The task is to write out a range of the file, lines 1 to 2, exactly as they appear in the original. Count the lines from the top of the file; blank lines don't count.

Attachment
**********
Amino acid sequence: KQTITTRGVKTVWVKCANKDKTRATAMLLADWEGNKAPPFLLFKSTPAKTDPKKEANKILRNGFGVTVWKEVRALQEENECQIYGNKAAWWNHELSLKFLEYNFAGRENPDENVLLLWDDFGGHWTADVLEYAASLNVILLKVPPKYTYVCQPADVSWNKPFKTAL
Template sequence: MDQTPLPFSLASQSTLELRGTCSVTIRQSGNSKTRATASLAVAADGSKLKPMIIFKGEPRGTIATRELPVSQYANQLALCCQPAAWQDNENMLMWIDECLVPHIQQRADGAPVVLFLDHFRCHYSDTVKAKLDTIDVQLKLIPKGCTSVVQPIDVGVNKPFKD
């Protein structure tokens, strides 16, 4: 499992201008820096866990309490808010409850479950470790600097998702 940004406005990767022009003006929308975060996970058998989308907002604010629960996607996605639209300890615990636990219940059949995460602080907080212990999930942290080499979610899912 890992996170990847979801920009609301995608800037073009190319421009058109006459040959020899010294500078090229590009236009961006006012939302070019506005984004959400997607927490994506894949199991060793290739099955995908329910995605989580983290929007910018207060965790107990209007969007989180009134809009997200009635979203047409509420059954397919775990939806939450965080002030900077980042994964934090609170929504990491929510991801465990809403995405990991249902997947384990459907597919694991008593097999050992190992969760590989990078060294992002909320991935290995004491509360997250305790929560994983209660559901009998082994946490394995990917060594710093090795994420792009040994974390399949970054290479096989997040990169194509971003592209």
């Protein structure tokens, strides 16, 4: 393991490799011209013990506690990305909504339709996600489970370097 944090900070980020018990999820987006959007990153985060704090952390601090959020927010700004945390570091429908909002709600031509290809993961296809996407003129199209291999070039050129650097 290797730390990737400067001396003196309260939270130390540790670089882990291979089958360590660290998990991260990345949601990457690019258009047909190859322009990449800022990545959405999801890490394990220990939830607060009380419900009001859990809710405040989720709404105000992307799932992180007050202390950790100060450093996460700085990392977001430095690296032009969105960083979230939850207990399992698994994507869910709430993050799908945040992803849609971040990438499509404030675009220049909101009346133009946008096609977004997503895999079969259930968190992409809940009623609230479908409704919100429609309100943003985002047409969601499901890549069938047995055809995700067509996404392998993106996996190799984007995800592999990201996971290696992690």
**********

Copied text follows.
Amino acid sequence: KQTITTRGVKTVWVKCANKDKTRATAMLLADWEGNKAPPFLLFKSTPAKTDPKKEANKILRNGFGVTVWKEVRALQEENECQIYGNKAAWWNHELSLKFLEYNFAGRENPDENVLLLWDDFGGHWTADVLEYAASLNVILLKVPPKYTYVCQPADVSWNKPFKTAL
Template sequence: MDQTPLPFSLASQSTLELRGTCSVTIRQSGNSKTRATASLAVAADGSKLKPMIIFKGEPRGTIATRELPVSQYANQLALCCQPAAWQDNENMLMWIDECLVPHIQQRADGAPVVLFLDHFRCHYSDTVKAKLDTIDVQLKLIPKGCTSVVQPIDVGVNKPFKD